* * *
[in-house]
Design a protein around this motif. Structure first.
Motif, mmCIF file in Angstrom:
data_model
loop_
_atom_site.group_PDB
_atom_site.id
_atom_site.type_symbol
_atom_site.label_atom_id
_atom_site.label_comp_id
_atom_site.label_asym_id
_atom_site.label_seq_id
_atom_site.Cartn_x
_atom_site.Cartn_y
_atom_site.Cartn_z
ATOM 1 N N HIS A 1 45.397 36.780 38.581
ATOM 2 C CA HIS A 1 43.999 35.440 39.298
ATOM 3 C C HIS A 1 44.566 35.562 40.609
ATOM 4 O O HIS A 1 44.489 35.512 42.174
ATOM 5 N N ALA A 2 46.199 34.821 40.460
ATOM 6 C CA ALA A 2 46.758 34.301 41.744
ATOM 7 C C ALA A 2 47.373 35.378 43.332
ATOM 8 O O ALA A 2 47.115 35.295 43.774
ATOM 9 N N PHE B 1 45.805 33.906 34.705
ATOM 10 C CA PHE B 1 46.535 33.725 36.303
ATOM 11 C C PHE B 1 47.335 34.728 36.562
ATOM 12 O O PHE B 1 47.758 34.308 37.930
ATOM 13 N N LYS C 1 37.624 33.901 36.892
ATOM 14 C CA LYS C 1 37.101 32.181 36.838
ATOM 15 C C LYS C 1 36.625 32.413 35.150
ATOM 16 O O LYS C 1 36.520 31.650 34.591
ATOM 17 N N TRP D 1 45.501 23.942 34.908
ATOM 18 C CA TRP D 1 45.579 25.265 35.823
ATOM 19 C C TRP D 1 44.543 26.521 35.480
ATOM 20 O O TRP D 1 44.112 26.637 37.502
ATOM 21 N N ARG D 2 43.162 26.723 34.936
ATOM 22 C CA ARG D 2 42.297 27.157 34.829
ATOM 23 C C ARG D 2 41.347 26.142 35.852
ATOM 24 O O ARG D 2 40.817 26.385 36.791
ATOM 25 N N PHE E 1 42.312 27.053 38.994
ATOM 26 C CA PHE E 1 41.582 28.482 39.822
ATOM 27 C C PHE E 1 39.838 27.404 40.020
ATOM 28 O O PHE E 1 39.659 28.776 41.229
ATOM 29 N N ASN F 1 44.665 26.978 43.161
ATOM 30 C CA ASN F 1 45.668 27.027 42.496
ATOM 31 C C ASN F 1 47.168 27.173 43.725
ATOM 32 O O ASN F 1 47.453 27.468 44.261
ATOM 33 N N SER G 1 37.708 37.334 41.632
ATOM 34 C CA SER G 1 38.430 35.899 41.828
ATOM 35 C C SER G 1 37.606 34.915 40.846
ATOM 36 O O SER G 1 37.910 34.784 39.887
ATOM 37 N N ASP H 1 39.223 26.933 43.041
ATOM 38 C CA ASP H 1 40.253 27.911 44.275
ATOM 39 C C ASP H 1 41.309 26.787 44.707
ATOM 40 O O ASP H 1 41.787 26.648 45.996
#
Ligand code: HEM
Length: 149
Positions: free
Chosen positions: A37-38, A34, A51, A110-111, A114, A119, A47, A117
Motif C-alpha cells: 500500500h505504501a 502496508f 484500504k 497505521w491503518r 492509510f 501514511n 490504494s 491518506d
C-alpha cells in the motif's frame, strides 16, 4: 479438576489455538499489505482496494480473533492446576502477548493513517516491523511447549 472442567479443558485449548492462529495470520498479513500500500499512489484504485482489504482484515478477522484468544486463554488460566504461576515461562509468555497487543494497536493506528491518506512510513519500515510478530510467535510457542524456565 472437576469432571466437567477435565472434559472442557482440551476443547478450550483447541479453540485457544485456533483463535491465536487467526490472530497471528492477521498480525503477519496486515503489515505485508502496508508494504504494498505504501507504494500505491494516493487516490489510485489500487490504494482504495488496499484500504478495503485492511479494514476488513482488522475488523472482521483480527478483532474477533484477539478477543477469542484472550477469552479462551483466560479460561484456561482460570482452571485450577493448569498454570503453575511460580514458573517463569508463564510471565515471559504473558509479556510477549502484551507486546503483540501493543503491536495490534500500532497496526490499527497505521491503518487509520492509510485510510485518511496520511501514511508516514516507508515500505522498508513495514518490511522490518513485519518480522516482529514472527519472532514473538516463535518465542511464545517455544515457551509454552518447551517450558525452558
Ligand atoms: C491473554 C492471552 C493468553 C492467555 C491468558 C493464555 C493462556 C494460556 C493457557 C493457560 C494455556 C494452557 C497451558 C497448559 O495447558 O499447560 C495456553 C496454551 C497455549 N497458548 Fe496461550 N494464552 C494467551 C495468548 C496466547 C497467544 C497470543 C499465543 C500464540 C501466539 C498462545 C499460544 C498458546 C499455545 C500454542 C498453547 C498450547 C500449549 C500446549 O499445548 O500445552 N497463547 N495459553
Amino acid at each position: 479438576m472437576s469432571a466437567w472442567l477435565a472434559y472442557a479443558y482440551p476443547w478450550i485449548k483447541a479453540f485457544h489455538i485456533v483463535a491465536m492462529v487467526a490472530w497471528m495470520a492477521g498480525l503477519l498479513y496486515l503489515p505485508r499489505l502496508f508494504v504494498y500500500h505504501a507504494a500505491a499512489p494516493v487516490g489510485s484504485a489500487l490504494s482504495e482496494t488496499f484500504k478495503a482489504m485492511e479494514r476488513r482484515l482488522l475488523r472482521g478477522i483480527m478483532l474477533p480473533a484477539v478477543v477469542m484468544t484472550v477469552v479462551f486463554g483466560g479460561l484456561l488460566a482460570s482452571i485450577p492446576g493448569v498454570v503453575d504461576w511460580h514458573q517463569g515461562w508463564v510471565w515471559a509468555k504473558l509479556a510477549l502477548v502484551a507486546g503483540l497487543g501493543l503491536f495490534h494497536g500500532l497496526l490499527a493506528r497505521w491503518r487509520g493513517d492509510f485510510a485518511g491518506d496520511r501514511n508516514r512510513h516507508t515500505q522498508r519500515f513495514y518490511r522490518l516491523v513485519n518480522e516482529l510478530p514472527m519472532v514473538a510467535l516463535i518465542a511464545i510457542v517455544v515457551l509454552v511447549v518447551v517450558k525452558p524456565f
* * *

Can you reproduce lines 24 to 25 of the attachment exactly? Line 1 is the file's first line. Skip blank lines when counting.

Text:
ATOM 9 N N PHE B 1 45.805 33.906 34.705
ATOM 10 C CA PHE B 1 46.535 33.725 36.303